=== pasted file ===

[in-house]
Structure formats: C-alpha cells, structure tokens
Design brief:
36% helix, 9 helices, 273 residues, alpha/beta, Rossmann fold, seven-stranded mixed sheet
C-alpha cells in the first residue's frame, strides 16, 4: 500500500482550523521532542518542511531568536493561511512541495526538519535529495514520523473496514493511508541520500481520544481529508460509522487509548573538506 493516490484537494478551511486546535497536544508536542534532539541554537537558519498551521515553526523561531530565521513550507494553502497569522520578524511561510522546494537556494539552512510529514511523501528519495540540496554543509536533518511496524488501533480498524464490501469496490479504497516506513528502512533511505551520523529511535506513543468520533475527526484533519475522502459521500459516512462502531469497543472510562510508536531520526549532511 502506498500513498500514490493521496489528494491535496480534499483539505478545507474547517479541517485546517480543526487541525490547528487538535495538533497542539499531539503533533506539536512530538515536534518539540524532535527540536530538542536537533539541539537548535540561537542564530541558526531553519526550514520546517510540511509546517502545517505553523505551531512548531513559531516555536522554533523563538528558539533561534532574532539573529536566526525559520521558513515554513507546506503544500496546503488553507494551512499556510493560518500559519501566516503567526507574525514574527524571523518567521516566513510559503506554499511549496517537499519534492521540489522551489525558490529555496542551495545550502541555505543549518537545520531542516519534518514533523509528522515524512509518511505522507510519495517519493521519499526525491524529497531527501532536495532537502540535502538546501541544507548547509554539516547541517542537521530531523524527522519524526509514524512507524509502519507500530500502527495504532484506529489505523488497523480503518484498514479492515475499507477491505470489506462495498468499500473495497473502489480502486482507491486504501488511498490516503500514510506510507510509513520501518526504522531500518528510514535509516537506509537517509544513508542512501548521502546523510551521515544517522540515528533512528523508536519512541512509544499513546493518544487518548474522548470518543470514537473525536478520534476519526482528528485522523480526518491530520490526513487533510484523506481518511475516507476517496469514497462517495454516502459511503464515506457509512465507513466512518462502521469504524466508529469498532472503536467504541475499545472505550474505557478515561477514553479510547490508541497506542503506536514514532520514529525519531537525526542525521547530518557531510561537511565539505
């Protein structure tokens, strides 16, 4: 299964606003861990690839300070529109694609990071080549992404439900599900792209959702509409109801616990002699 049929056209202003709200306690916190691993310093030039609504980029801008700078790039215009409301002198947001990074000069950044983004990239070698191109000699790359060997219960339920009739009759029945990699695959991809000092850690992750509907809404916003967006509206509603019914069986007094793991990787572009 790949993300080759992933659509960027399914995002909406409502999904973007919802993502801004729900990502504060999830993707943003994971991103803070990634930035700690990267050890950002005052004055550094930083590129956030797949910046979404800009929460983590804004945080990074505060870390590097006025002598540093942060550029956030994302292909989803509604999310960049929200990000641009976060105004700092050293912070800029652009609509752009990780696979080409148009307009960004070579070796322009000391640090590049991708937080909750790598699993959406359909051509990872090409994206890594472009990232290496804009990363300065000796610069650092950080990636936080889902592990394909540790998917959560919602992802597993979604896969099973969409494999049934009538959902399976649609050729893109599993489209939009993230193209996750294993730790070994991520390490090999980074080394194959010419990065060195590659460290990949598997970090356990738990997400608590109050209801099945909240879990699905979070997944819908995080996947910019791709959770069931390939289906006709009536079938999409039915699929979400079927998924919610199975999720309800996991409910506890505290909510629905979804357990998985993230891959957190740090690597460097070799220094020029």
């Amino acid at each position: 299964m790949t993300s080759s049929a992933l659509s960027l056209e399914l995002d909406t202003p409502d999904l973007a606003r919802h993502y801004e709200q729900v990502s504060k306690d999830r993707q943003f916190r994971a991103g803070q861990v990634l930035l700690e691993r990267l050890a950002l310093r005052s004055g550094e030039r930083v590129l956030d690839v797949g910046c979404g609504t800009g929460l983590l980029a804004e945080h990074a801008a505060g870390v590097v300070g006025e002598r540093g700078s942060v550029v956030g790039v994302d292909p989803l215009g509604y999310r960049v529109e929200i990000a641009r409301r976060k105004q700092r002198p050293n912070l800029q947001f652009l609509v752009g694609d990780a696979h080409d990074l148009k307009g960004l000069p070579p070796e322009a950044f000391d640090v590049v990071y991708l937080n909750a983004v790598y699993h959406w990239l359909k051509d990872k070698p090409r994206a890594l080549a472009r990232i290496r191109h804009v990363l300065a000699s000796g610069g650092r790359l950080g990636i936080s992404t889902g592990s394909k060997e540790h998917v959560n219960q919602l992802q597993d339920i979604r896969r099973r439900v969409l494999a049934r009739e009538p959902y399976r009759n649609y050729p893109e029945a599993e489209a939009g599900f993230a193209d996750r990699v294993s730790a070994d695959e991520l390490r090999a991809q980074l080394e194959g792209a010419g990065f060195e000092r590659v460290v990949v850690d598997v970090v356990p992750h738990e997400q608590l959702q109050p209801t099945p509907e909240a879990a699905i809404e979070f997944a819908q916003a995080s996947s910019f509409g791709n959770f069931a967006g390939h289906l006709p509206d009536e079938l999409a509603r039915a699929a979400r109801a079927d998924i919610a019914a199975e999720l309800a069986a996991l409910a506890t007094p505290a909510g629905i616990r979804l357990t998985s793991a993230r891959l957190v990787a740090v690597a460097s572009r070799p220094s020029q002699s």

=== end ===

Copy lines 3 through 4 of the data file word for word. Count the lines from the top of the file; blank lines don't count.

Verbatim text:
Design brief:
36% helix, 9 helices, 273 residues, alpha/beta, Rossmann fold, seven-stranded mixed sheet